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Crystal Award recipient builds community through Science Olympiad team

February 6, 2020
Will Kopachik during his interview at Espresso Royale on Feb. 3, 2020.
Will Kopachik during his interview at Espresso Royale on Feb. 3, 2020. —
Photo by Kaishi Chhabra | The State News

Nominated for his efforts in fostering a hands-on science experience for East Lansing High School students, Will Kopachik — a retired Michigan State faculty member and tenured associate professor in MSU’s Department of Integrative Biology — accepted a Crystal Award from the City of East Lansing in 2019. 

According to the city’s website, community members are encouraged to nominate “unsung heroes of East Lansing” to be granted this award. Nominations are reviewed by a community selection committee and four participants are selected annually. As stated in the selection criteria, those recipients demonstrate “a passion for and commitment to creating a healthy and vibrant community and serve as an inspiration to others.”

Kopachik was one of three individuals recognized in 2019, due to his dedication to coaching the Science Olympiad team at East Lansing High School, or ELHS, which he founded in 2015.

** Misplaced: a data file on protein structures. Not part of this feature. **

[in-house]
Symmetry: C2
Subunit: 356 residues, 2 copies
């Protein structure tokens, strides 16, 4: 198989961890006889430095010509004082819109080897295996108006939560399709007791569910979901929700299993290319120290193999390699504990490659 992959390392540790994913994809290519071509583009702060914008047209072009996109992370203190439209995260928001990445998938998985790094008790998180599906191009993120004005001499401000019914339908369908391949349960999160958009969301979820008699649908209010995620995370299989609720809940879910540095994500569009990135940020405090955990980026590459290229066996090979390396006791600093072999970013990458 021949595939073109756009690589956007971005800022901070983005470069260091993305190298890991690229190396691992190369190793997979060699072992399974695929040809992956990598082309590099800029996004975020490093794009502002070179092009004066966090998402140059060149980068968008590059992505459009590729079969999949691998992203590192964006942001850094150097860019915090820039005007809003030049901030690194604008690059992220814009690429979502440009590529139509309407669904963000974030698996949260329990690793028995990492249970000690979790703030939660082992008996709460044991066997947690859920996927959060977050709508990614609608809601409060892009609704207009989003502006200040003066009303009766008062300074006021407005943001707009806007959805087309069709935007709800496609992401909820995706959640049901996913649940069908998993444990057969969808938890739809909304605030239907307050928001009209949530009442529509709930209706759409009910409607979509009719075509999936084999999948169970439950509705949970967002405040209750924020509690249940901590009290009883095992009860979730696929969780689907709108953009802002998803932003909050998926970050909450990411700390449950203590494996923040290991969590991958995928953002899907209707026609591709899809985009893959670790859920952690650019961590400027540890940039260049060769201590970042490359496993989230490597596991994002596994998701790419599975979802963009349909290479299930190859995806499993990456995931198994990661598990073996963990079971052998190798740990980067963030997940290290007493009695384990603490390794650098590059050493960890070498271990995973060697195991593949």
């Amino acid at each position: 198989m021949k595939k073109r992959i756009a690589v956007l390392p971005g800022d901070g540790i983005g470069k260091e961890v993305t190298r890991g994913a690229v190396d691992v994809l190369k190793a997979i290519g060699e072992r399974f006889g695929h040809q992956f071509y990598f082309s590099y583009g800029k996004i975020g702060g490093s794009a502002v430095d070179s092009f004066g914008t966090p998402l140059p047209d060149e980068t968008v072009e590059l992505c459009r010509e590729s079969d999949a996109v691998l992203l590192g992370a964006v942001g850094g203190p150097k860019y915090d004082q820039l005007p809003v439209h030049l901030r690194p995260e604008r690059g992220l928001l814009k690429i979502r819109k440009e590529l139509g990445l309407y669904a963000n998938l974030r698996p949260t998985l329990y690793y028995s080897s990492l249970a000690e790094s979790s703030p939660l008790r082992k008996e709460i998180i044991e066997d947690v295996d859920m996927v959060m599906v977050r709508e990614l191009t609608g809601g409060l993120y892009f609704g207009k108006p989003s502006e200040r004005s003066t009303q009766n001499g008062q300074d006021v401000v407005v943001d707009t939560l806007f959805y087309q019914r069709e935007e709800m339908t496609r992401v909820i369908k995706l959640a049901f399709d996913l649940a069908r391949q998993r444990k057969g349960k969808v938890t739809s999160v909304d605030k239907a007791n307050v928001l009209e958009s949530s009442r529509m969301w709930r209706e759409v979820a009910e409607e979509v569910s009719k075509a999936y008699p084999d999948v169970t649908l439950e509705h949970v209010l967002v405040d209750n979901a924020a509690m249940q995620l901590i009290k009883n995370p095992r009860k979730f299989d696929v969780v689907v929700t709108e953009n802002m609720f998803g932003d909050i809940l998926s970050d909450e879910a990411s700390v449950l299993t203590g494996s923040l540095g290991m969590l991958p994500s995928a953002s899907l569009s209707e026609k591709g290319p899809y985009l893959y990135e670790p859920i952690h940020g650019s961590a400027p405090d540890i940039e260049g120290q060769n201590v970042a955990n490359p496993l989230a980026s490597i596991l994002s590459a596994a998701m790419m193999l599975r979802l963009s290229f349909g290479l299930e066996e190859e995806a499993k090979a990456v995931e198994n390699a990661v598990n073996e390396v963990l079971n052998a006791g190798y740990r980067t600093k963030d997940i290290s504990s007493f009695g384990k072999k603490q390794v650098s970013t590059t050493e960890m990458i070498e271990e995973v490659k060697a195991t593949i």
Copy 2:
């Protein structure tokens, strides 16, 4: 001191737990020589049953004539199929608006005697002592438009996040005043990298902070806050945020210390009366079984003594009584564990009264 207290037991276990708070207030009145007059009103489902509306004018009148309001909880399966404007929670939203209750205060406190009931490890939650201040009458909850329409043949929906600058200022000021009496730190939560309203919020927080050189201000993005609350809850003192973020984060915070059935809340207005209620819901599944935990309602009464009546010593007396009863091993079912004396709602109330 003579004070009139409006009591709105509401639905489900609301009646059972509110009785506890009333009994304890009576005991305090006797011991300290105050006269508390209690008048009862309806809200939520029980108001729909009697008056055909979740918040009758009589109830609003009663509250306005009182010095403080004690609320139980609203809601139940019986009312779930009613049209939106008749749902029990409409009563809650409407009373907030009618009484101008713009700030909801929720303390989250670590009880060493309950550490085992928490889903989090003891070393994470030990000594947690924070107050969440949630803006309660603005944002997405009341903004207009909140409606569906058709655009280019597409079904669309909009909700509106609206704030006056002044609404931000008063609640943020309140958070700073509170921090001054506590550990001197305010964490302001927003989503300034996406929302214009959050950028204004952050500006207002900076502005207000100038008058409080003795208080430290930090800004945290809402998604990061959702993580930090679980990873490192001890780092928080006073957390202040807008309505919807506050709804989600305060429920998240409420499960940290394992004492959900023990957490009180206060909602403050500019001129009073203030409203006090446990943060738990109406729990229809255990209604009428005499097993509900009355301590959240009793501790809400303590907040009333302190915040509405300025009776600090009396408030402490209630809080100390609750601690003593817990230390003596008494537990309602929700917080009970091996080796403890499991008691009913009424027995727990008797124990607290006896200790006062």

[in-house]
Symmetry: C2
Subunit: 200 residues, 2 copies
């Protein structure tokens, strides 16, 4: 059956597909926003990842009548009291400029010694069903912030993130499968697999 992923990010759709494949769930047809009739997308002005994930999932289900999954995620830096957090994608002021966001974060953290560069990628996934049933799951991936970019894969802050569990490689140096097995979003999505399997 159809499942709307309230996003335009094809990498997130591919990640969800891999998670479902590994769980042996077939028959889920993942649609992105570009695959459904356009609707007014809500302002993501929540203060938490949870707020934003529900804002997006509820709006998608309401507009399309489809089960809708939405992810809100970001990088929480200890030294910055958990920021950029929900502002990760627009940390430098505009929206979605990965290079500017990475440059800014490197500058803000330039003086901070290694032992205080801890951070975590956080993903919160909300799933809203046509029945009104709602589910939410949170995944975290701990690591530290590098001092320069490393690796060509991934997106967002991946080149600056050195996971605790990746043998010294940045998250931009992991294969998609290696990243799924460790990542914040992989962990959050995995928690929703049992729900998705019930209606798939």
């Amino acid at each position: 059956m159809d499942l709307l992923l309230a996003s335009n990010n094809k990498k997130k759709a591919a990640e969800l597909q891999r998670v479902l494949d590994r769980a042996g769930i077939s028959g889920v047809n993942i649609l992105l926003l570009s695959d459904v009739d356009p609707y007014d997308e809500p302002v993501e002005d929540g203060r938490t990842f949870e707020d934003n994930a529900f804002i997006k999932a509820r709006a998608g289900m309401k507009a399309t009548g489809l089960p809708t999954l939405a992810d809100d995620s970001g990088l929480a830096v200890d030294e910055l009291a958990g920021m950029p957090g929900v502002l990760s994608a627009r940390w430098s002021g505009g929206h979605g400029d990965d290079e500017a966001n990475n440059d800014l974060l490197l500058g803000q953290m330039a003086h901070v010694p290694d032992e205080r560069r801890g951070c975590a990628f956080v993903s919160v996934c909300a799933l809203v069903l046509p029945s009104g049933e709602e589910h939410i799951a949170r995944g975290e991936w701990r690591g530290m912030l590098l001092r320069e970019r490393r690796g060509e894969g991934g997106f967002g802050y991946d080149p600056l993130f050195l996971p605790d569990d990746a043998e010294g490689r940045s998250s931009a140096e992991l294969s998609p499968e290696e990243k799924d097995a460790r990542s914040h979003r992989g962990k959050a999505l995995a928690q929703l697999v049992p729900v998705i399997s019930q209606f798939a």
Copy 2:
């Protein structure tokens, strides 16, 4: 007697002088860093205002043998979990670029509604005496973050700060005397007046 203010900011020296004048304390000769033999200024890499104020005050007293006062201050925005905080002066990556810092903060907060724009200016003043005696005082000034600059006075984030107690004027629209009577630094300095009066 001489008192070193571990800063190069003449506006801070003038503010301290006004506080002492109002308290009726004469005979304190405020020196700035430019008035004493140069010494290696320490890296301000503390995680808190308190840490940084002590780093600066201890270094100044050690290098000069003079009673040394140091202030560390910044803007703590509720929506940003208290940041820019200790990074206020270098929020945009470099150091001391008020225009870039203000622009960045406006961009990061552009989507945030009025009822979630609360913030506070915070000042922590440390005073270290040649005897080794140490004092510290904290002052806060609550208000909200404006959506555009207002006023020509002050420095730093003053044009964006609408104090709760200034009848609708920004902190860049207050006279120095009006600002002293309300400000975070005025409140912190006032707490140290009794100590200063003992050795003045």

“It was a big surprise to me,” Kopachik said. “In fact, the people that nominated me kept me in the dark … By some ruse, they took me there (and said) that the award was going to be given to somebody else.”

At the time, Kopachik said his daughter was a student at the high school, interested in learning more about science. After meeting with her biology teacher, John Heinrich, and inquiring as to whether the school hosted a science fair, Heinrich suggested he start his own Science Olympiad team.

For three years prior, Kopachik said he had planned and organized a “Science-palooza” event at MacDonald Middle School, giving students an opportunity to present personal science experiments to an audience of judges.

In previous years, ELHS has placed a strong emphasis on its sports teams, Kopachik said. Because of this fact, one goal of Science Olympiad is to provide opportunities to those who may not be “sports-inclined.”

“In all these different events, they get a chance to learn things which are really current and you can see it build up their interests,” Kopachik said. “It’s personally very fulfilling to see something like that.”

Kopachik said he’s noticed a strong sense of community throughout his years of living in East Lansing

“You can go to (any magazine) and they’ll have a list of the top 10, top 25 best places to live in the United States,” Kopachik said. “All of their metrics are based on things like the median family income, how much the houses cost — things which really aren’t as valuable as living in a place which has community where people care about each other.”


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